Also, feel free to change up the noodles. I’ve used soba noodles in this dish and they’re also very good. Soba noodles can be a great gluten free option, but you have to check the ingredient lists because some of them still contain wheat. Rice noodles or vermicelli are also options.

Also, I add white miso paste and wakame to my bowls when I have them on hand, as they both add great, healthy benefits. They’re not necessary though, so if you don’t have them, don’t sweat it. There’s really no hard and fast rules to my Asian-inspired bowls, I just like to have fun with them and see how deliciously healthy I can make them.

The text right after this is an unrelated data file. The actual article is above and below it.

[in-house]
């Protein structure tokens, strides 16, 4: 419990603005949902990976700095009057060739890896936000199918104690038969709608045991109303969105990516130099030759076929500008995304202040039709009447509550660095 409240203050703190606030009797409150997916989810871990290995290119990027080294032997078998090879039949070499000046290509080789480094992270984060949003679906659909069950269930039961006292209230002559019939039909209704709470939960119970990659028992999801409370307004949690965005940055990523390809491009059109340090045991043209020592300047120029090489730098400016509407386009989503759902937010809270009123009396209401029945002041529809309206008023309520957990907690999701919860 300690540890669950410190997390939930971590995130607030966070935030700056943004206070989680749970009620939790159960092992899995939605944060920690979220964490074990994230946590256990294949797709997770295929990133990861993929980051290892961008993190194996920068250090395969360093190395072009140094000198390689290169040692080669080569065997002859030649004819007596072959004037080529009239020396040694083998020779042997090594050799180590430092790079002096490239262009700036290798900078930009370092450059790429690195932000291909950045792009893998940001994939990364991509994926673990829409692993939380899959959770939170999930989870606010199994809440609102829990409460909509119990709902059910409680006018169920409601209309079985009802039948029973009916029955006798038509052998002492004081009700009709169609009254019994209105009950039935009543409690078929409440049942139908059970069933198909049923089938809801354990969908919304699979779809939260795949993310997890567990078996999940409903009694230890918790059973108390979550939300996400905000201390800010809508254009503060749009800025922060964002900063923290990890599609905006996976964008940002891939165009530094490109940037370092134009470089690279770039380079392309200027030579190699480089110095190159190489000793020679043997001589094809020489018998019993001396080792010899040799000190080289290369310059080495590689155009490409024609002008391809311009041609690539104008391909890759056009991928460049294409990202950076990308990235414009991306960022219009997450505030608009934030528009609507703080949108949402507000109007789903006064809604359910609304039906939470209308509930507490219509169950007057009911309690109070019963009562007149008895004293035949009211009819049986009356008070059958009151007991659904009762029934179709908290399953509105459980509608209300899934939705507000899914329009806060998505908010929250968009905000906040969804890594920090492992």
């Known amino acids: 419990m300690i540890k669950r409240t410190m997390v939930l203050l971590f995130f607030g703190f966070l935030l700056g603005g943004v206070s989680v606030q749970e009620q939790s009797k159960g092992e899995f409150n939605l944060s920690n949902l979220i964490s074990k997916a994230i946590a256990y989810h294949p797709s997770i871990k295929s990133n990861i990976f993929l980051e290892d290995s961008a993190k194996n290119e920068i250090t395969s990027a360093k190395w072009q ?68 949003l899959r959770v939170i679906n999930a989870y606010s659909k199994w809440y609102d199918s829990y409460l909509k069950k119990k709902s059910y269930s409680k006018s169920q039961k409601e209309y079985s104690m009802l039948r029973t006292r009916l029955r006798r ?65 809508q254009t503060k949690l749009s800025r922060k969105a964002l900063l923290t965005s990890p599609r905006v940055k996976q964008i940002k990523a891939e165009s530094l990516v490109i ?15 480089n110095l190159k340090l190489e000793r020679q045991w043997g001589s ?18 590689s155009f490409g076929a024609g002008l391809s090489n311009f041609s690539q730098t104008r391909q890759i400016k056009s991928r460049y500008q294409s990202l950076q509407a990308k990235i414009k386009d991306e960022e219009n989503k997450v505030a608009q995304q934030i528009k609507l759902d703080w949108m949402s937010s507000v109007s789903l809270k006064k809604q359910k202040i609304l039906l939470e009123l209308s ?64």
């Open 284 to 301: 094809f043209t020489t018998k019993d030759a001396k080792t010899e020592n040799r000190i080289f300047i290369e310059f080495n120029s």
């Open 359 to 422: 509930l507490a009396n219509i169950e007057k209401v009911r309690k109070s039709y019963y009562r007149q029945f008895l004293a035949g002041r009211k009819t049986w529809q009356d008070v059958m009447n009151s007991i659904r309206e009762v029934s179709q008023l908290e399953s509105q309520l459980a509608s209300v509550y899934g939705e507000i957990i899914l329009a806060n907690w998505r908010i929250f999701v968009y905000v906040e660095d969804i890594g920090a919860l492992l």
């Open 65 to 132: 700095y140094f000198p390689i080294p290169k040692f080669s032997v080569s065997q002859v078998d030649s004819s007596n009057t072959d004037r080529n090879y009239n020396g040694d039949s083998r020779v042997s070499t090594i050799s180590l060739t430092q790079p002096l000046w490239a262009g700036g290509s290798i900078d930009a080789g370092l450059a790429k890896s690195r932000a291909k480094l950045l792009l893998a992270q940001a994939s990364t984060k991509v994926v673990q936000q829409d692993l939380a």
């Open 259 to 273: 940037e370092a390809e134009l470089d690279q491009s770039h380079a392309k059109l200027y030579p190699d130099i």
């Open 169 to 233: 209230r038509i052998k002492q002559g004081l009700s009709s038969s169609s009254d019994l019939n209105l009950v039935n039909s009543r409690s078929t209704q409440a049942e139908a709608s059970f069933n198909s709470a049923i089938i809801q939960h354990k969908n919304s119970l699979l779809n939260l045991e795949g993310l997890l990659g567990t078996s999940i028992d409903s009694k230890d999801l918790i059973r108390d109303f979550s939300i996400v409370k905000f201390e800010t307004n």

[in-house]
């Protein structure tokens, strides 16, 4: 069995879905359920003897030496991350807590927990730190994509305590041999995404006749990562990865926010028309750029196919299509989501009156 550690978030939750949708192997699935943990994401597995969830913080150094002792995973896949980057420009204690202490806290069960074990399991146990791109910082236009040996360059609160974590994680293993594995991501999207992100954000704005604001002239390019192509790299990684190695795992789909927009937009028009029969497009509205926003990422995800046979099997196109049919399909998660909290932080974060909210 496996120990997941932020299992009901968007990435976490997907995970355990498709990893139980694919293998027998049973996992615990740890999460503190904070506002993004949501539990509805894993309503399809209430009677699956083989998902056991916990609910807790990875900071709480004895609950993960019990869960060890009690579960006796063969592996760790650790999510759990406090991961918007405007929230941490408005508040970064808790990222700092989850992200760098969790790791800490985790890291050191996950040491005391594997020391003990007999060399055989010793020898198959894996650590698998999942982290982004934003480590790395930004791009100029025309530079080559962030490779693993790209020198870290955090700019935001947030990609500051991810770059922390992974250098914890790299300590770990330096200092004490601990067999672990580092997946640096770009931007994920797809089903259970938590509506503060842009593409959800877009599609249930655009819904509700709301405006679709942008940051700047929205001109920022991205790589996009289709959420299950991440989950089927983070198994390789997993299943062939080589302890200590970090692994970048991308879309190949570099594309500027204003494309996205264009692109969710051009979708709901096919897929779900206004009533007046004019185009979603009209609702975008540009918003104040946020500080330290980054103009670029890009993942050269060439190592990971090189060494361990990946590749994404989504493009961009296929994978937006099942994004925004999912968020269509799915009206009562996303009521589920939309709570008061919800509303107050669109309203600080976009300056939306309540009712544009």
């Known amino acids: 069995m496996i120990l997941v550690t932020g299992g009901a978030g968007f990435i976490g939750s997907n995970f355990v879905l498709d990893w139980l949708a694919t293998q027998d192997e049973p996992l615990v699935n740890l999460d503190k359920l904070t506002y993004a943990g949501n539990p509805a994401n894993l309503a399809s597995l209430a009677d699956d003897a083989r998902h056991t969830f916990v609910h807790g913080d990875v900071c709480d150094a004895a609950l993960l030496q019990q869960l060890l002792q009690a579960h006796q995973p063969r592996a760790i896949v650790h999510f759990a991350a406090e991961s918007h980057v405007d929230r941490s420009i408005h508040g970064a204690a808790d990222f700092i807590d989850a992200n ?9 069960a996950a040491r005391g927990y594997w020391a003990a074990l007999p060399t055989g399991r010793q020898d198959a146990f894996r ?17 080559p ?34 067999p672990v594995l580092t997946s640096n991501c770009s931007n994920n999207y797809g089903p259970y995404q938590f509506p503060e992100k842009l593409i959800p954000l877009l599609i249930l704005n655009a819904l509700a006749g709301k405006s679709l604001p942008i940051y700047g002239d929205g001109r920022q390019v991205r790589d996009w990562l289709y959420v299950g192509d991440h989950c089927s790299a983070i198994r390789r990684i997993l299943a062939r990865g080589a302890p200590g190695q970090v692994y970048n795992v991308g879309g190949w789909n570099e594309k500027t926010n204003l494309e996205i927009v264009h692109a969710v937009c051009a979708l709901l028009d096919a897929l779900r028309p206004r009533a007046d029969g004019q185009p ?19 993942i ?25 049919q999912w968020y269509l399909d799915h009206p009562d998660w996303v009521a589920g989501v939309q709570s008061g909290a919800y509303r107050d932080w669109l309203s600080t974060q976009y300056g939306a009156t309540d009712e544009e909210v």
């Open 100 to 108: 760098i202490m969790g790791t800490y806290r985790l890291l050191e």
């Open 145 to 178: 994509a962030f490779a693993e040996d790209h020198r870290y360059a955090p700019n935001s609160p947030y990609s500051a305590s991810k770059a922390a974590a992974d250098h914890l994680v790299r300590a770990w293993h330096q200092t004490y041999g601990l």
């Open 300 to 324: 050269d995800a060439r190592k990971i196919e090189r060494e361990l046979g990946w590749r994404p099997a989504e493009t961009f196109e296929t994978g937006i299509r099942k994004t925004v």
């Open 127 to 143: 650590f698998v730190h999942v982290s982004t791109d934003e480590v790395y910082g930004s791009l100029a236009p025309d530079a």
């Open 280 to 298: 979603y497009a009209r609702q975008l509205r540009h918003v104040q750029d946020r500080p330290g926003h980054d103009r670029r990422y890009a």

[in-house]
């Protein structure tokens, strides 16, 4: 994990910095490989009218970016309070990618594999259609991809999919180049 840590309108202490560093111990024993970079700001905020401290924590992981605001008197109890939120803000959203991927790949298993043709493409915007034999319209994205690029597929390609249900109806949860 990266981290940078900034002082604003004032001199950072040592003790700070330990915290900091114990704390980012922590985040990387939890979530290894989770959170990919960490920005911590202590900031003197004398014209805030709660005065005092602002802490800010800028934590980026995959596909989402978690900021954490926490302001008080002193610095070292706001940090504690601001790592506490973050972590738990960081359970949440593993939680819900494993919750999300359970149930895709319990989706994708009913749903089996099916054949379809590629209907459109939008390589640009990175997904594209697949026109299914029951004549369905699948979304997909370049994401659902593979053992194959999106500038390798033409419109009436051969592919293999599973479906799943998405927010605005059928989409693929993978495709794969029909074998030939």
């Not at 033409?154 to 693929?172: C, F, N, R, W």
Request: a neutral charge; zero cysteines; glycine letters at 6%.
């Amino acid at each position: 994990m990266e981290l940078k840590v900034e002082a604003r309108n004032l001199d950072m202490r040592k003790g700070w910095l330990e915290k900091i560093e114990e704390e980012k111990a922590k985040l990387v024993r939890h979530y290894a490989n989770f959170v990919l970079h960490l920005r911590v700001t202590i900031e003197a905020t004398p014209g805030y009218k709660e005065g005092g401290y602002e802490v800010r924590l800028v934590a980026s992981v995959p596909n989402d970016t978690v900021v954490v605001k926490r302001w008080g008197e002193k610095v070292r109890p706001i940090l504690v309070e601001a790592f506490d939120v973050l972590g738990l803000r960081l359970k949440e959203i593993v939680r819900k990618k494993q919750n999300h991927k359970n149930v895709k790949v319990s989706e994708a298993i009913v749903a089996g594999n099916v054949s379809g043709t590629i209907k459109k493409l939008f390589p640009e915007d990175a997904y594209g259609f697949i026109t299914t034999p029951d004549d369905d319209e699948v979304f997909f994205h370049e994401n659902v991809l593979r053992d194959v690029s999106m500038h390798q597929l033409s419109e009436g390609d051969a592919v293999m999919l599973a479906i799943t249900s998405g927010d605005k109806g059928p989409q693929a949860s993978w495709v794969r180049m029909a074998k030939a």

Of course, if you like things hot, this is a great dish for adding a little fire. You can add some hot peppers in the veggie mix or just drizzle a little of my hot chili oil over the top of it before serving.

lola rugula ramen udon noodle bowl recipe

udon noodle bowl recipe

  • 1 10 oz. package of udon noodles, cooked according to package directions
  • 12 oz. large raw shrimp, thawed, if frozen and shelled and deveined
  • 2 tablespoons olive oil
  • 6-8 cups fresh vegetables – here are the ones I used here:
    • 2 large cloves garlic, minced
    • 1/2 medium onion, sliced
    • green cabbage, sliced
    • red radishes, sliced
    • 5-6 stalks asparagus, sliced
    • 8 baby carrots, julienned
    • 5 portobello mushrooms, sliced
    • 2 broccolini stalks, sliced
    • 4 small sweet red bell peppers, sliced
    • 1 medium celery stalk, sliced